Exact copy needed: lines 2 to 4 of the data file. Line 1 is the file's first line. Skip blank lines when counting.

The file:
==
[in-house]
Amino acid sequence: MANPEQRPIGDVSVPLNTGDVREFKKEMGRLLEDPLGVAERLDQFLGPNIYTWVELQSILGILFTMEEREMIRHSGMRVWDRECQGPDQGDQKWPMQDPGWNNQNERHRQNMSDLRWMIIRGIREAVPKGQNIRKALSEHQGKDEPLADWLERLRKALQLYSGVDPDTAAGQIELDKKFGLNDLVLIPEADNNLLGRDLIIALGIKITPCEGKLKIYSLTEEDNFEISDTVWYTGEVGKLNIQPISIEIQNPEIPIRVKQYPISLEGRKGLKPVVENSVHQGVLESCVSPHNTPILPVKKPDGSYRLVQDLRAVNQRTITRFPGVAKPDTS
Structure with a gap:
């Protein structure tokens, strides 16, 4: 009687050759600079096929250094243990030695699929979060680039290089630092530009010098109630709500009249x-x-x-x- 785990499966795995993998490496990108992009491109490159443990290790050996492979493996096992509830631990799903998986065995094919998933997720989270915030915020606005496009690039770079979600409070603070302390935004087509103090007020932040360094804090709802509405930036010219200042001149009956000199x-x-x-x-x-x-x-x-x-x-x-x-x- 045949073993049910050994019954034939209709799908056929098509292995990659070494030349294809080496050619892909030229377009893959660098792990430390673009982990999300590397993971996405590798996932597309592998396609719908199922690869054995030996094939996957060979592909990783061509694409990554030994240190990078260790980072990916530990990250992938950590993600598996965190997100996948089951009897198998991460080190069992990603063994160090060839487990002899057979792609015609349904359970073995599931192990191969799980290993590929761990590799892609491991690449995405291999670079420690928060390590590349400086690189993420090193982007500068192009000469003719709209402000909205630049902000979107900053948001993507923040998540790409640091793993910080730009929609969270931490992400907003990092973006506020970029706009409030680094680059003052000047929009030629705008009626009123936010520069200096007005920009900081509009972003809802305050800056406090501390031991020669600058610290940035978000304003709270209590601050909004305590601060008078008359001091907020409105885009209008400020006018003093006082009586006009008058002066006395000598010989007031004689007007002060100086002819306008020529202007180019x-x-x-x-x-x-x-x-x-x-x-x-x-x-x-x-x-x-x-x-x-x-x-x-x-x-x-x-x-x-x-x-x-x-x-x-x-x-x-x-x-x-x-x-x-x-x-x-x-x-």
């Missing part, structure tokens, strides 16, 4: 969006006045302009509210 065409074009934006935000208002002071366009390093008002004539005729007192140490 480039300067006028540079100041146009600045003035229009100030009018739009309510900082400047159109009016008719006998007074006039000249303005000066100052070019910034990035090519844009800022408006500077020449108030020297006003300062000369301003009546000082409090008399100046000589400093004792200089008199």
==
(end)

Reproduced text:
Amino acid sequence: MANPEQRPIGDVSVPLNTGDVREFKKEMGRLLEDPLGVAERLDQFLGPNIYTWVELQSILGILFTMEEREMIRHSGMRVWDRECQGPDQGDQKWPMQDPGWNNQNERHRQNMSDLRWMIIRGIREAVPKGQNIRKALSEHQGKDEPLADWLERLRKALQLYSGVDPDTAAGQIELDKKFGLNDLVLIPEADNNLLGRDLIIALGIKITPCEGKLKIYSLTEEDNFEISDTVWYTGEVGKLNIQPISIEIQNPEIPIRVKQYPISLEGRKGLKPVVENSVHQGVLESCVSPHNTPILPVKKPDGSYRLVQDLRAVNQRTITRFPGVAKPDTS
Structure with a gap:
């Protein structure tokens, strides 16, 4: 009687050759600079096929250094243990030695699929979060680039290089630092530009010098109630709500009249x-x-x-x- 785990499966795995993998490496990108992009491109490159443990290790050996492979493996096992509830631990799903998986065995094919998933997720989270915030915020606005496009690039770079979600409070603070302390935004087509103090007020932040360094804090709802509405930036010219200042001149009956000199x-x-x-x-x-x-x-x-x-x-x-x-x- 045949073993049910050994019954034939209709799908056929098509292995990659070494030349294809080496050619892909030229377009893959660098792990430390673009982990999300590397993971996405590798996932597309592998396609719908199922690869054995030996094939996957060979592909990783061509694409990554030994240190990078260790980072990916530990990250992938950590993600598996965190997100996948089951009897198998991460080190069992990603063994160090060839487990002899057979792609015609349904359970073995599931192990191969799980290993590929761990590799892609491991690449995405291999670079420690928060390590590349400086690189993420090193982007500068192009000469003719709209402000909205630049902000979107900053948001993507923040998540790409640091793993910080730009929609969270931490992400907003990092973006506020970029706009409030680094680059003052000047929009030629705008009626009123936010520069200096007005920009900081509009972003809802305050800056406090501390031991020669600058610290940035978000304003709270209590601050909004305590601060008078008359001091907020409105885009209008400020006018003093006082009586006009008058002066006395000598010989007031004689007007002060100086002819306008020529202007180019x-x-x-x-x-x-x-x-x-x-x-x-x-x-x-x-x-x-x-x-x-x-x-x-x-x-x-x-x-x-x-x-x-x-x-x-x-x-x-x-x-x-x-x-x-x-x-x-x-x-």